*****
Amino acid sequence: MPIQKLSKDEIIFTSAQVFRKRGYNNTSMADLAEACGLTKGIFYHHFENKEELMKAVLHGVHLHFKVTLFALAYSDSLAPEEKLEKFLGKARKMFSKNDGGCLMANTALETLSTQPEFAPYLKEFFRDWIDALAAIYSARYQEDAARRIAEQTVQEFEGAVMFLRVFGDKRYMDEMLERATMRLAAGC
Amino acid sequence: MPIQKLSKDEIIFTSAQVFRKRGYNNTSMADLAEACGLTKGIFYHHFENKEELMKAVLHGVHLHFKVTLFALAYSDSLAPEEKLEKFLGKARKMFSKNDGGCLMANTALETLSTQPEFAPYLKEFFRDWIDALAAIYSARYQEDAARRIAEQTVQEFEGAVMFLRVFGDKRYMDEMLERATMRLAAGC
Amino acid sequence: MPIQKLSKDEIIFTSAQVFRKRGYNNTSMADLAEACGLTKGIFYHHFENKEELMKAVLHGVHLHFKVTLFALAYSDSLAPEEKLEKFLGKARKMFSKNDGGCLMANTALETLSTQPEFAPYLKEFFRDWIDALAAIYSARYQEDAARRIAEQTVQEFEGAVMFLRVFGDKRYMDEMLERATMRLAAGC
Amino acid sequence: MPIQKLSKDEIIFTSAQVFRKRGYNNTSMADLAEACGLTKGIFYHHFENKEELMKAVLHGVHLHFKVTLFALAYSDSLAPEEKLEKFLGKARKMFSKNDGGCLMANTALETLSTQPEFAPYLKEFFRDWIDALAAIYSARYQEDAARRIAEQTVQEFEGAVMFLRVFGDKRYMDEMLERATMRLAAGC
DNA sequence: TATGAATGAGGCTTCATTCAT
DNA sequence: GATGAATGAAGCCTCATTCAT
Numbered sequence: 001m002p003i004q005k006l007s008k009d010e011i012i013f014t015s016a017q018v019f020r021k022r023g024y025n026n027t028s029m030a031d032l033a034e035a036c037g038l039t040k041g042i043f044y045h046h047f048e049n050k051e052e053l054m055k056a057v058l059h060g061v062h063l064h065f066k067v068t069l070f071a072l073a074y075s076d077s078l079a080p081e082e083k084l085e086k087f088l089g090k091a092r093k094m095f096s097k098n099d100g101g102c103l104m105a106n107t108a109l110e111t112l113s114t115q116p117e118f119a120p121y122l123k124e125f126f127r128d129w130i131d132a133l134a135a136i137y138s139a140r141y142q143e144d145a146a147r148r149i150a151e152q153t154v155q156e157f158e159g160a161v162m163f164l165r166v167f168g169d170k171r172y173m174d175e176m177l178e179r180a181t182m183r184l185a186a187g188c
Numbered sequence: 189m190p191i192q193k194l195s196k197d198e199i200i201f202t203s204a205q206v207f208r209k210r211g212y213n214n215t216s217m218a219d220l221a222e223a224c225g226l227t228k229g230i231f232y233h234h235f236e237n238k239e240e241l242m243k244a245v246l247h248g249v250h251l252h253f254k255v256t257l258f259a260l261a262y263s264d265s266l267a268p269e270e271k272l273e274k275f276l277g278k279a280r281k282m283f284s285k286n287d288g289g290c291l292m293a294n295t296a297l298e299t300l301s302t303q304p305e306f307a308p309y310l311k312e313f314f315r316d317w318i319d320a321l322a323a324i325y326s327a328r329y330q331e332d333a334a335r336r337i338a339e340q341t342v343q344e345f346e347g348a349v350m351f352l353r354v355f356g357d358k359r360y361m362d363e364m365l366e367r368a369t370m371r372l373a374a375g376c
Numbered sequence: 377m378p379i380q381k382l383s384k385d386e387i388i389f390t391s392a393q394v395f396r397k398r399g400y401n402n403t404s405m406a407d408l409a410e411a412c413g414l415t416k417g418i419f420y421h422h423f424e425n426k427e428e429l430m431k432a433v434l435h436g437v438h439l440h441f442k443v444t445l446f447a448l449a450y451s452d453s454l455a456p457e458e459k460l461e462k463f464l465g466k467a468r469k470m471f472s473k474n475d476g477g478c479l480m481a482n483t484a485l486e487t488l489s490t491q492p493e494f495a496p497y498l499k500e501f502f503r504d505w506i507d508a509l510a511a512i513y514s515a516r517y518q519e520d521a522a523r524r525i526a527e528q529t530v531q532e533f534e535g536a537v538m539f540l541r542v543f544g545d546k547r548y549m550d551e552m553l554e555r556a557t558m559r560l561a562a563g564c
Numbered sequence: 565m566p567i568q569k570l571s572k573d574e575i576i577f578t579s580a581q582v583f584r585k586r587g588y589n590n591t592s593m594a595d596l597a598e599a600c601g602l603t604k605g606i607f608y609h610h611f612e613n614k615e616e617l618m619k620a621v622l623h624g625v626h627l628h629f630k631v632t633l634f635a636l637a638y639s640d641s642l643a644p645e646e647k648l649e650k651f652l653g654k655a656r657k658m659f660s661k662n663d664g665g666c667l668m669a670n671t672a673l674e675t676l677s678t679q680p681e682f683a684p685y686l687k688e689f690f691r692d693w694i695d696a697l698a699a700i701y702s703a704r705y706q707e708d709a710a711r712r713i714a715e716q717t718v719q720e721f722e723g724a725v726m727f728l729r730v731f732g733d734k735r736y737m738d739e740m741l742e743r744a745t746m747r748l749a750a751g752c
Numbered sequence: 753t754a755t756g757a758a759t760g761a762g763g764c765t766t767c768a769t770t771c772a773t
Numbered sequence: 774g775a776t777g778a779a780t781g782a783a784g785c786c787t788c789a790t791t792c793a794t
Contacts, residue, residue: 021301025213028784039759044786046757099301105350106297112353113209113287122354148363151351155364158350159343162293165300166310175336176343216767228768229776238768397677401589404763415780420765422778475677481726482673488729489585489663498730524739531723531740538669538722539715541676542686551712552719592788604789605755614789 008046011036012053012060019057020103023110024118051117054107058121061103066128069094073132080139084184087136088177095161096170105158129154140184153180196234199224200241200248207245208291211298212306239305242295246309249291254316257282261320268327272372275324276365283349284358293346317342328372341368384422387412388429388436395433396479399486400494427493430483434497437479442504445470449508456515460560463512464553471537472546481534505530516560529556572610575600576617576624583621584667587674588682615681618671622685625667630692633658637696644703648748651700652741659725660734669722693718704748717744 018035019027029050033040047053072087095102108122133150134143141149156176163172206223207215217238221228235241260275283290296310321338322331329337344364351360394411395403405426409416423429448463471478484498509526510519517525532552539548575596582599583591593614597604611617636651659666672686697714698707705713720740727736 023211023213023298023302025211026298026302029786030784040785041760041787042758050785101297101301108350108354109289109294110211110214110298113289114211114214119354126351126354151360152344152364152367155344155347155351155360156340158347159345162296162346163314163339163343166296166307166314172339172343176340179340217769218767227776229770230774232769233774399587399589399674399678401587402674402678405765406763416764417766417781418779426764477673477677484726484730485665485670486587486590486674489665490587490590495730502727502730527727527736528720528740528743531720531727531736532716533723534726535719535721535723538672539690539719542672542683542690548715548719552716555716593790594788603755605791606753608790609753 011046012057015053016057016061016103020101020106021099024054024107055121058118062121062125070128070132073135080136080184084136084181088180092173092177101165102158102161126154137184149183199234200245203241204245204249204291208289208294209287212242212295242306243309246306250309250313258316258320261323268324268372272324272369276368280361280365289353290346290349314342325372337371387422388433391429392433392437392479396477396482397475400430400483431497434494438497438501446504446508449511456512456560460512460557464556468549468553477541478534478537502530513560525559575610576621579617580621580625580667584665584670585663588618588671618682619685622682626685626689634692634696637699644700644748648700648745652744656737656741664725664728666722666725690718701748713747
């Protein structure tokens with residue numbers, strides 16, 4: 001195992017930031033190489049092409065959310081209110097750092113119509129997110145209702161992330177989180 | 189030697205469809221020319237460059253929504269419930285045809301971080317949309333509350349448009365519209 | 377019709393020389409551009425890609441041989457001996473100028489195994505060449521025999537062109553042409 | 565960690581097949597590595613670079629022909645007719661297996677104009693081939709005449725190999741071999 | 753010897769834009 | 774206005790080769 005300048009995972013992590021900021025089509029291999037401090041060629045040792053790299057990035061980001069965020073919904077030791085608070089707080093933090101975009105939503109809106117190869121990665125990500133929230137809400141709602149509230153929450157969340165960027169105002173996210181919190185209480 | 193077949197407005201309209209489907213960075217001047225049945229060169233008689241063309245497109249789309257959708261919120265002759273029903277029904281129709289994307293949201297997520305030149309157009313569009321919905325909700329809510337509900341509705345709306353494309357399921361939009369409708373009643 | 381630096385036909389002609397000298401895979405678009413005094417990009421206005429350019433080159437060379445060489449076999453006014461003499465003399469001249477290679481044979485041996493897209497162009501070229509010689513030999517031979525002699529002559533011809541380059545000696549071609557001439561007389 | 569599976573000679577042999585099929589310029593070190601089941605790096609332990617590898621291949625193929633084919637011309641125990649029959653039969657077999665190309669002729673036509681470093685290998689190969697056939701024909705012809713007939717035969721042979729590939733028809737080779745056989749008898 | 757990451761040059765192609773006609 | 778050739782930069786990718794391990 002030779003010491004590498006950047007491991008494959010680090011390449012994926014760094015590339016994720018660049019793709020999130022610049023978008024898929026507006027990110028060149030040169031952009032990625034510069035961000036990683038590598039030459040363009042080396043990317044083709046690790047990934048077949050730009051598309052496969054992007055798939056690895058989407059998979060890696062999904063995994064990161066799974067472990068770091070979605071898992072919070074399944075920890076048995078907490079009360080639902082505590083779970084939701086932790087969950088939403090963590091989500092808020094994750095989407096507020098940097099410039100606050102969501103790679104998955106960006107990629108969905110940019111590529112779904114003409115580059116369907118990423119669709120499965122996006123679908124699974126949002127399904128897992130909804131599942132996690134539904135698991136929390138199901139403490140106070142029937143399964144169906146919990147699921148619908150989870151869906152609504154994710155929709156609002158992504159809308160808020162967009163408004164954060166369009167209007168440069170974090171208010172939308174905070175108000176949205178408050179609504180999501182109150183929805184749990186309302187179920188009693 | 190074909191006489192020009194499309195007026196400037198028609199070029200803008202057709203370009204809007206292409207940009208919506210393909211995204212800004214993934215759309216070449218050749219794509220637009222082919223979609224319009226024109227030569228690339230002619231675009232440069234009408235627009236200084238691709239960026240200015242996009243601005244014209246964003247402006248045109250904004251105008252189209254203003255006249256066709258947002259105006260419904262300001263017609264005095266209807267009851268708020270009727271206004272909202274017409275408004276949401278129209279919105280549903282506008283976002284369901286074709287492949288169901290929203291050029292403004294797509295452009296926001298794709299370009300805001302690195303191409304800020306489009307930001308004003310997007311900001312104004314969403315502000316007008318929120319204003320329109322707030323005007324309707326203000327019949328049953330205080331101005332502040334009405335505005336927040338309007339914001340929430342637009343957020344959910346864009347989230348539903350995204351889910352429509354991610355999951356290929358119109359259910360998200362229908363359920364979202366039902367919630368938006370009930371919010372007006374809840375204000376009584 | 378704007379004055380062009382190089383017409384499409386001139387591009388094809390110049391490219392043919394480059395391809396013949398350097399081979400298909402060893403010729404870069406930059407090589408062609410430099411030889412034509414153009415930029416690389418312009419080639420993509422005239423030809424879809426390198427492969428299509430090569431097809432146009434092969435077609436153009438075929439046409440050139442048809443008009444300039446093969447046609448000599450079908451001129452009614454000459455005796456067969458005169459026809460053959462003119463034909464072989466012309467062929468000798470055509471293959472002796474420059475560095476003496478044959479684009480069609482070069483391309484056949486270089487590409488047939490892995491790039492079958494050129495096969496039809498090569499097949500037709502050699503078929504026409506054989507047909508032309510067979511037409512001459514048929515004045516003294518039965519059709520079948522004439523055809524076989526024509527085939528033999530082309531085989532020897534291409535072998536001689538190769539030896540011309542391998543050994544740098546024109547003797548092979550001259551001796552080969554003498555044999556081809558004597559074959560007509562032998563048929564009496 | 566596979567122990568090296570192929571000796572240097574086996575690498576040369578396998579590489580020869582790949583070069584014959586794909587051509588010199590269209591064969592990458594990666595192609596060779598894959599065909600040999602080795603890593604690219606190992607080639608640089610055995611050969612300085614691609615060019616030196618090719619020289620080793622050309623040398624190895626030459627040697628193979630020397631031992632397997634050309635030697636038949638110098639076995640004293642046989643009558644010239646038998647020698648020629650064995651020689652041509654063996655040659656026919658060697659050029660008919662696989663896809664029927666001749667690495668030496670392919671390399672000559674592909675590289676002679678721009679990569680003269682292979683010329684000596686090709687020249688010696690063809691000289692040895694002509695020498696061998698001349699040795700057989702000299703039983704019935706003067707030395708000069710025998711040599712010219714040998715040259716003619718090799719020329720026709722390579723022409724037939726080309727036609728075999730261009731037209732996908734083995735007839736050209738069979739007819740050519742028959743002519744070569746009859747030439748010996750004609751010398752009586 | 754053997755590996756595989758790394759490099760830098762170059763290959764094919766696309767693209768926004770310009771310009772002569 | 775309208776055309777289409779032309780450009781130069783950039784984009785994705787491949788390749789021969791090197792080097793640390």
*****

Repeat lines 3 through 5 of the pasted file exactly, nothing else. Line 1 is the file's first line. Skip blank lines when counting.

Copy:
Amino acid sequence: MPIQKLSKDEIIFTSAQVFRKRGYNNTSMADLAEACGLTKGIFYHHFENKEELMKAVLHGVHLHFKVTLFALAYSDSLAPEEKLEKFLGKARKMFSKNDGGCLMANTALETLSTQPEFAPYLKEFFRDWIDALAAIYSARYQEDAARRIAEQTVQEFEGAVMFLRVFGDKRYMDEMLERATMRLAAGC
Amino acid sequence: MPIQKLSKDEIIFTSAQVFRKRGYNNTSMADLAEACGLTKGIFYHHFENKEELMKAVLHGVHLHFKVTLFALAYSDSLAPEEKLEKFLGKARKMFSKNDGGCLMANTALETLSTQPEFAPYLKEFFRDWIDALAAIYSARYQEDAARRIAEQTVQEFEGAVMFLRVFGDKRYMDEMLERATMRLAAGC
DNA sequence: TATGAATGAGGCTTCATTCAT